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Home at last: The story of one family's search for a home

Habitat for Humanity, storycorps

Sonya Gelter is a single mom of five children, and she was the recipient of a zero-percent loan for a Habitat for Humanity home. She was interviewed by Lil Barron, a Habitat for Humanity employee, in the booth at StoryCorps.

"I was just getting divorced. I had five children, and we were on our way to losing a home," Sonya said of her life just prior to her Habitat for Humanity experience. "I didn't know what to do, or where to go. I had these five kids, my youngest, the twins, were a year and a half old."

After being refused housing many times because of her status as a single mom of five children, Sonya said she had a friend step in and help her find an apartment. But it wasn't the ideal place she wanted to raise her family.

"This apartment, right outside on our sidewalk, we had a gang beating and the man was killed. Right outside, 10 feet from our door. It was a miserable place," Sonya said.

After moving many more times, Sonya heard an advertisement for Habitat for Humanity.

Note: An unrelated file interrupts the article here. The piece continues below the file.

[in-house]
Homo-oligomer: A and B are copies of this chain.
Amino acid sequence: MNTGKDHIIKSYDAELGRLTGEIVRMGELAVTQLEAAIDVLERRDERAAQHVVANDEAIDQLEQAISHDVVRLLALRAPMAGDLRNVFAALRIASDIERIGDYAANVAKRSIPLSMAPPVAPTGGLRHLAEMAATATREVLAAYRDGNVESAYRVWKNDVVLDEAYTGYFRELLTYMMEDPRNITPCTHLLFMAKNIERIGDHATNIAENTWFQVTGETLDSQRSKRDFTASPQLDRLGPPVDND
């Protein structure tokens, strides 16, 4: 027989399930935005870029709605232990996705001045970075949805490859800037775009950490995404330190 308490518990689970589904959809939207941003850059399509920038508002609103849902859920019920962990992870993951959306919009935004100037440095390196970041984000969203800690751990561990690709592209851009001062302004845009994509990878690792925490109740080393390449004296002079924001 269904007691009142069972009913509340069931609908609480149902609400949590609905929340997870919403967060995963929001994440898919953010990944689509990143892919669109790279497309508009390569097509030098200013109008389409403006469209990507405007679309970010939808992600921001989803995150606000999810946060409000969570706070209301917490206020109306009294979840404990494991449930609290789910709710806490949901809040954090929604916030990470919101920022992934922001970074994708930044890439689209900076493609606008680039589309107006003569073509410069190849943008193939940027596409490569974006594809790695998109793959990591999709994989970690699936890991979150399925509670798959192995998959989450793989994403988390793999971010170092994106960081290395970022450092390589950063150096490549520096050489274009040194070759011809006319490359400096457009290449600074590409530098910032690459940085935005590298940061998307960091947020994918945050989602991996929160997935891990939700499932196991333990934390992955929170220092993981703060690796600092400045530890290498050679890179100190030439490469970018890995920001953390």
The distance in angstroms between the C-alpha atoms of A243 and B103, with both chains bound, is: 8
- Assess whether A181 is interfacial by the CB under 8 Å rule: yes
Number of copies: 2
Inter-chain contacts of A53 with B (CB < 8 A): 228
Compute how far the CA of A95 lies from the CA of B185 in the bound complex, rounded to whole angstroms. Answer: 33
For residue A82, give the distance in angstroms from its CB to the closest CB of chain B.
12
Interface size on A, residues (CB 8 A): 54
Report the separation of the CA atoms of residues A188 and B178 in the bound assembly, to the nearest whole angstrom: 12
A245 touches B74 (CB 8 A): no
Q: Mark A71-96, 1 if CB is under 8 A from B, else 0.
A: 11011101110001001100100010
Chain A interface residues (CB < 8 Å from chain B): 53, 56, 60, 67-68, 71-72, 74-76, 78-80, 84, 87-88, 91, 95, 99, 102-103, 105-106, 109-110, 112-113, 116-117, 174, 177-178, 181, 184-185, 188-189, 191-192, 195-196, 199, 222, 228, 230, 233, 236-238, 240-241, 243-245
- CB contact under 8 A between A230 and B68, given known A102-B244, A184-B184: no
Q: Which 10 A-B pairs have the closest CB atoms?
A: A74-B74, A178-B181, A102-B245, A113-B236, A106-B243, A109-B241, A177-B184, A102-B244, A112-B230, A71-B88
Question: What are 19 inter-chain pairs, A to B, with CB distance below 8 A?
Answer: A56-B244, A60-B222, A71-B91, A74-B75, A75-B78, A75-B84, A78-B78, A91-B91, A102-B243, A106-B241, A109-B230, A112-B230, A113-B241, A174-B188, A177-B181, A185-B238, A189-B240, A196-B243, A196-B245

"I thought, 'I am not going to have someone hand me a home,'" she said.

She heard the ad another time, and said it just stayed in her mind, until she broke down and called the organization.

"I finally put away my pride and called. They explained a little bit to me, that I would work for this home, that I would have good credit for this home. It was not a freebie," Sonya said.

She applied for a Habitat for Humanity house in the fall, and received a letter in the mail just before Christmas.

"I didn't open it until Christmas morning, and I had my kids gathered around me. I said, 'Here we go, we're going to open this,'" she said. "When we opened that letter, literally, we were all in a circle jumping around in the kitchen. and thinking, 'Oh it's going to be our home and we don't have to move.' That year we had moved four times, and my kids had gone to four different schools."

Sonya said the house her family received doesn't just affect her family, but the community, and everyone who was involved in the program and the people around who get involved.

Tom Williams worked as a part-time UPR announcer for a few years and joined Utah Public Radio full-time in 1996. He is a proud graduate of Uintah High School in Vernal and Utah State University (B. A. in Liberal Arts and Master of Business Administration.) He grew up in a family that regularly discussed everything from opera to religion to politics. He is interested in just about everything and loves to engage people in conversation, so you could say he has found the perfect job as host “Access Utah.” He and his wife Becky, live in Logan.